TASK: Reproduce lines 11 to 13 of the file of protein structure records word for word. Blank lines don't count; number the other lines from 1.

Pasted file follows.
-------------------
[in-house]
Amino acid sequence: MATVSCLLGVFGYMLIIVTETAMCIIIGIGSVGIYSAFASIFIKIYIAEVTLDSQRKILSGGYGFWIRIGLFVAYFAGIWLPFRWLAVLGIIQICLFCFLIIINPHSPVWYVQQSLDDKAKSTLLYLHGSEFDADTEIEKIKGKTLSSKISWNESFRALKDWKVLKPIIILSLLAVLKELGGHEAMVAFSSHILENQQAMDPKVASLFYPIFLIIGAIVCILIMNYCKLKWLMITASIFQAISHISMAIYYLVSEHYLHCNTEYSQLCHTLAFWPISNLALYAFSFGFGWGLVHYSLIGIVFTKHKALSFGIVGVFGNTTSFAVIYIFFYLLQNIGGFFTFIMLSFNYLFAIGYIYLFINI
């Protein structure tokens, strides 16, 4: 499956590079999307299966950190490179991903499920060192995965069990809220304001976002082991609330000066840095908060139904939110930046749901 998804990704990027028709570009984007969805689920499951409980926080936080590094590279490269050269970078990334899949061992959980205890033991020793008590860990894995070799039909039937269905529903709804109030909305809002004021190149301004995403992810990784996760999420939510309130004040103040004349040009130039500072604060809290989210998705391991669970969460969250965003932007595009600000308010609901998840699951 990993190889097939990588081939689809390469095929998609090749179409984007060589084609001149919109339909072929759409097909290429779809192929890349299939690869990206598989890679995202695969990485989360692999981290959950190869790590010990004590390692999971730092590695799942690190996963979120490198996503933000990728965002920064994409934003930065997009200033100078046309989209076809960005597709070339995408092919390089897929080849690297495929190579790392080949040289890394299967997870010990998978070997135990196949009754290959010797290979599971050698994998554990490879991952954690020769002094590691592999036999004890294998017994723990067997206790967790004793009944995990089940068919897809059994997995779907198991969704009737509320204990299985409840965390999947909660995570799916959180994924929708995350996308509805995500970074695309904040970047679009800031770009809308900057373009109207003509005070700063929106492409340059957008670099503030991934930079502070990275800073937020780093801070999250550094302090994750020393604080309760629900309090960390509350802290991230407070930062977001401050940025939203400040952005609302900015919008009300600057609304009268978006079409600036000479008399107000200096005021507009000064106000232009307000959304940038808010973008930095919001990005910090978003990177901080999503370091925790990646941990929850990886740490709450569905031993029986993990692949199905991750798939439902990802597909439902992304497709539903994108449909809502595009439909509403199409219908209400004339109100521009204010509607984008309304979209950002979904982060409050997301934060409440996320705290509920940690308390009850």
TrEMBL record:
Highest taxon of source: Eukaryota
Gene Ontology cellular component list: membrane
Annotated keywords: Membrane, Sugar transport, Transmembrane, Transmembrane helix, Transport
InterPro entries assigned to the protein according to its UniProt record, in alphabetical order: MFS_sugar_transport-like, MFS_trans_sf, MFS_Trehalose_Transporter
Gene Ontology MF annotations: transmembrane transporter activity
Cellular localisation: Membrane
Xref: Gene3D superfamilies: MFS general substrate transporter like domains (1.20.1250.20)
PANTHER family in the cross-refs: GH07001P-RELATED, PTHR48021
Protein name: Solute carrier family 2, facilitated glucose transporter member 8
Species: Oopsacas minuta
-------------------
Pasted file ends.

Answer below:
Xref: Gene3D superfamilies: MFS general substrate transporter like domains (1.20.1250.20)
PANTHER family in the cross-refs: GH07001P-RELATED, PTHR48021
Protein name: Solute carrier family 2, facilitated glucose transporter member 8